Yet, the report, which was presented to the Institute of Acoustics at a conference, found that the top heat pumps from the five main manufacturers, not one device would meet MCS standards on noise unless the unit was at least four metres away.

The authors warned: “Without the MCS there is no BUS grant and, therefore, a likely significant reudction in uptake of heat pumps across England and Wales”

Heat pumps installations also have to comply with MCS standards to be installed without planning permission as a permitted development.

Food Standards Scotland launch Vitamin D campaign

Did you know that in the winter months (October – March), we are unable to get enough Vitamin D from sunlight? It is also really difficult to get enough vitamin D from food. Food Standards Scotland recommends taking a 10 microgram vitamin D supplement daily throughout the winter months. 

Why is this important? 

Vitamin D helps improve bone and muscle health. Some groups are at a higher risk of vitamin D deficiency and are recommended to take a supplement year-round. 

These include: 

•pregnant and breastfeeding women

•infants and children under 5 years old

•people who have low or no exposure to the sun, for example those who cover their skin forcultural reasons, are housebound, confined indoors for long periods or live in an institution

•people from minority ethnic groups with dark skin such as those of African, African-Caribbean and south Asian origin, who require more sun exposure to make as muchvitamin D

Support and guidance

Visit the Food Standards Scotland website for more information about the importance of vitamin D. 

One month to go to Clean Air Night

It’s just one month until Global Action Plan officially kick off the first year of the Clean Air Night campaign.

The campaign will spotlight three important truths about wood burning – that it harms your wallet, health and the planet. 

The campaign will run for four weeks in the lead up to Clean Air Night on 24 January, with a week that spotlights each of these key truths:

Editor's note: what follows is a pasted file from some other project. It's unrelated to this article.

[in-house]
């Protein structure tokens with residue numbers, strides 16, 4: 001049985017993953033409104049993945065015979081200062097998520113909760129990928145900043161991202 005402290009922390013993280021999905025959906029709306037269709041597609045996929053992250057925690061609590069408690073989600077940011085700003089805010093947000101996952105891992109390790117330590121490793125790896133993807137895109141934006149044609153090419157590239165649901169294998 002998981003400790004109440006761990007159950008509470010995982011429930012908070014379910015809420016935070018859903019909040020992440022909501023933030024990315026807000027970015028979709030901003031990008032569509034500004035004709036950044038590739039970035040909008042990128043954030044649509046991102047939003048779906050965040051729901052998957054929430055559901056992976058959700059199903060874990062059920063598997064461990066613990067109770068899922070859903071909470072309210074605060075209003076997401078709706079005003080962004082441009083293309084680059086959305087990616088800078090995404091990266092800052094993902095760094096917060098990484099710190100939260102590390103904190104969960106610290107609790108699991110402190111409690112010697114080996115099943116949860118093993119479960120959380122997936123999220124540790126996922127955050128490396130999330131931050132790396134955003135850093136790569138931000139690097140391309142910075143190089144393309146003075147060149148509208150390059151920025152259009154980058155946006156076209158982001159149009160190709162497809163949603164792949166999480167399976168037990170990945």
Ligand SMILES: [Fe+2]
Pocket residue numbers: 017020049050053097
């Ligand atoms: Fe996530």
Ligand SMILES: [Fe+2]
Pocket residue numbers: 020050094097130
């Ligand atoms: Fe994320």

• Week 1: Introduction to Clean Air Night (13 – 19 December) 
  • Week 2: Wood burning harms your wallet (3 – 9 January) 
  • Week 3: Wood burning harms the planet (10 – 16 January) 
  • Week 4: Wood burning harms your health (17 – 23 January) 

To make it as easy as possible for you to take part in Clean Air Night, Global Action Plan are providing dedicated social media resources for each of these weeks – as well as resources that can be used throughout the campaign and can be accessed here.

Scottish vaping campaign launched

A new marketing campaign informing parents, carers and school pupils of the dangers of vaping has been launched by the Scottish Government.

The ‘Take Hold’ marketing campaign will increase awareness of the harms and risks of nicotine addiction associated with vaping, with schools across Scotland provided with digital guidance packs and resources for posters along with radio and outdoor advertising. Its key message is that vapes may quickly become harmfully addictive for children and young people, affecting their concentration, mental health and mood.

It comes as a new Tobacco and Vaping Framework is published, setting out actions which will be taken to create a tobacco-free generation by 2034.

Vaping addiction soon takes hold – NHS inform 

Scottish Government publish new Tobacco and Vaping Framework

The Scottish Government have published a new Tobacco and Vaping Framework, which sets out actions to be taken to create a tobacco-free generation by 2034.

The Framework for reaching the 2034 goal includes action to raise the age limit for sales of tobacco and plans to improve services to help people quit. In addition, the Scottish Government will continue to review what further action is needed to limit the appeal of vapes to children, young people and non-smokers during the first phase of the framework which will run until November 2025 .

Earlier this month, the UK Government set out its plans for a “smoke-free generation” by phasing out the sale of cigarettes. The Tobacco and Vapes Bill going through Westminster will restrict the sale of tobacco so anyone turning 14 this year or younger will never legally be sold cigarettes. Scottish Ministers are producing their own framework which will complement this, with the cigarette phase-out also taking place in Scotland.

Key Framework actions are listed here Tobacco and Vaping Framework: Roadmap to 2034 – (

The first 2 year implementation plan actions are list here Tobacco and Vaping Framework: Roadmap to 2034 – ( and these include an awareness raising campaign on e-cigarettes, work on pack inserts and age of sale, including potentially extending UK legislation to include age of sale for e-cigarettes, price levers, enforcement, review hospital grounds restrictions, and improving transparency and accountability.